This Doctor's Orders blog is a guest post from SRC Richmond's Director of Strategic Accounts, Louis Rogerson.
Low-temperature heat transfer applications regularly use anti-freezing agents like propylene glycol (PG) to enable lower-temp operation. However, at very low ambient temps, properly calculating critical fluid properties like viscosity, fluid velocity, and their impacts on heat transfer becomes more complex. This post will analyze the correlation among those properties at low ambient temperatures and provide guidance for how to best model a coil’s performance at such conditions.
At low temperatures – let’s say lower than ~30°F for this example – the rate of increase for PG’s viscosity (at 60% concentration) accelerates, as indicated by the curve below. For the remainder of this post, propylene glycol is used to refer to a 60% concentration of PG and water. And we're not implying that this curve holds true for other concentrations.
Source 1: 2017 ASHRAE handbook: fundamentals, ASHRAE, 2017
Below these temperatures, special attention is needed to properly account for variable fluid properties when modeling a fluid’s thermal performance. The use of inaccurate or incomplete values can have significant the impact on the design of the coil as well as the overall system.
For this portion, we’ll outline two common methodologies used to model fluid properties when designing a heat exchanger. We’ll then run those values through our coil selection software, Enterprise, to compare the results of each approach and examine their effects on coil selection.
We consider this methodology to be the most accurate way of determining those values. It involves accounting for the nonlinear effects of a change in the ratio between the fluid’s convective and conductive heat transfer at the tube’s boundary layer. This value is represented by Nusselt number (Nu). In a heat exchanger, very low ambient temps lower the temperature of the internal tube wall, a value which varies throughout the coil.
Accurately determining the dynamic values needed for that equation involves the use of an implicit function; in this instance, the Sieder-Tate correlation (see below). Using this correlation takes into account that variability in the application’s Nusselt. The efficacy of this approach is particularly apparent in applications with very low ambient temperatures, where greater changes in the coil’s Nu exist between inlet and outlet.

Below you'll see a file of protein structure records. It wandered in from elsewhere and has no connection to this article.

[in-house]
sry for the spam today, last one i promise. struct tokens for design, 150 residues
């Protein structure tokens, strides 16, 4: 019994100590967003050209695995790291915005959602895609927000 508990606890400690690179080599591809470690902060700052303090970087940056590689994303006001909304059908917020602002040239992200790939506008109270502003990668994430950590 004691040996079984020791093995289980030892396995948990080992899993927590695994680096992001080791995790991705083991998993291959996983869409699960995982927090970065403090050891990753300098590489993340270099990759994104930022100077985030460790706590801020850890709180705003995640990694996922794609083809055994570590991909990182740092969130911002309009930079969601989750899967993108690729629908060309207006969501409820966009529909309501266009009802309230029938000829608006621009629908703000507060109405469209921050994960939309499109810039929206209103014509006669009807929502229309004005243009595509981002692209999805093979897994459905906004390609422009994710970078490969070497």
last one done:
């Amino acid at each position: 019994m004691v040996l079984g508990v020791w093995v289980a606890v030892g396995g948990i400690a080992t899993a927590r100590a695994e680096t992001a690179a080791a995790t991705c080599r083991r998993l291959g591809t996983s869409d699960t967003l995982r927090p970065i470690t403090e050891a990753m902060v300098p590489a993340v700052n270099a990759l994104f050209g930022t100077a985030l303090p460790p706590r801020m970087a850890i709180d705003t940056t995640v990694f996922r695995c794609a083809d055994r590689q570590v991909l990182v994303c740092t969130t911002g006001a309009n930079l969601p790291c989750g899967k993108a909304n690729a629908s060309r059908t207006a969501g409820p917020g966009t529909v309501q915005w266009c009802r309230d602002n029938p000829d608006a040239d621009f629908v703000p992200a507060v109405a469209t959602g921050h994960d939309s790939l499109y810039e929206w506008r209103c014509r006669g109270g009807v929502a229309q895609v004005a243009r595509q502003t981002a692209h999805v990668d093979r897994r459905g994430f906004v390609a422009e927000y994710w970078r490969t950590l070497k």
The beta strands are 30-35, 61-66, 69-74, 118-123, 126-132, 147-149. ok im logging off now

Our selection software automatically accounts for variability between glycol viscosity at the heat transfer boundary surface temperature – and at the bulk viscosity temperature.
This is a common approach for propylene glycol applications featuring non-exceptional ambient temperatures. As illustrated by the graph on page one, PG’s viscosity follows a fairly predictable curve at these temperatures.
Using a constant viscosity value simplifies the correlation between the PG’s viscosity, and heat transfer coefficient by using a fixed number when a viscosity is needed for performance calcs. In environments with ambient temperatures above 30°F, the change in Nu between a coil’s inlet and outlet is unlikely to be great enough to significantly affect the calculation. But it can be unreliable in very cold ambient environments, which we illustrate below.
To compare the system-wide impacts of these two performance modeling approaches, we’ve run a theoretical coil bank through our selection software, Enterprise. This coil bank consists of eight two-row coils measuring at 84” x 348” apiece and built with 5/8” tube and 6 FPI.
The working fluid was a 60% propylene glycol solution. To illustrate the impact of very low temperatures on glycol performance, our theoretical operating conditions feature -45°F ambient temps. Other conditions for the application are in the table below.
The table below shows the static values that will be used to calculate the PG’s performance. This method uses these predefined, average values for PG's fluid properties each time those values are needed when calculating performance ratings.
For this half of the comparison, we simply swapped the static PG property values above with dynamic ones in Enterprise.
The table below shows two performance models for the same coil bank – one developed using method #1 and the other using method #2.
In this scenario, using fixed fluid property values for the system’s working fluid resulted in nearly a 15% performance overestimation. If this theoretical coil bank were to go into service, it wouldn’t be capable of meeting its requirement, and depending on the application, could have serious consequences.
Don’t go it alone when you’re modeling the performance of your heat exchanger. Enterprise is available for free to all our customers, and if you’re stumped or looking for some guidance, give one of expert engineers a call. We’ll work with you to understand the nuances of your application and can design your equipment to do just what you need.
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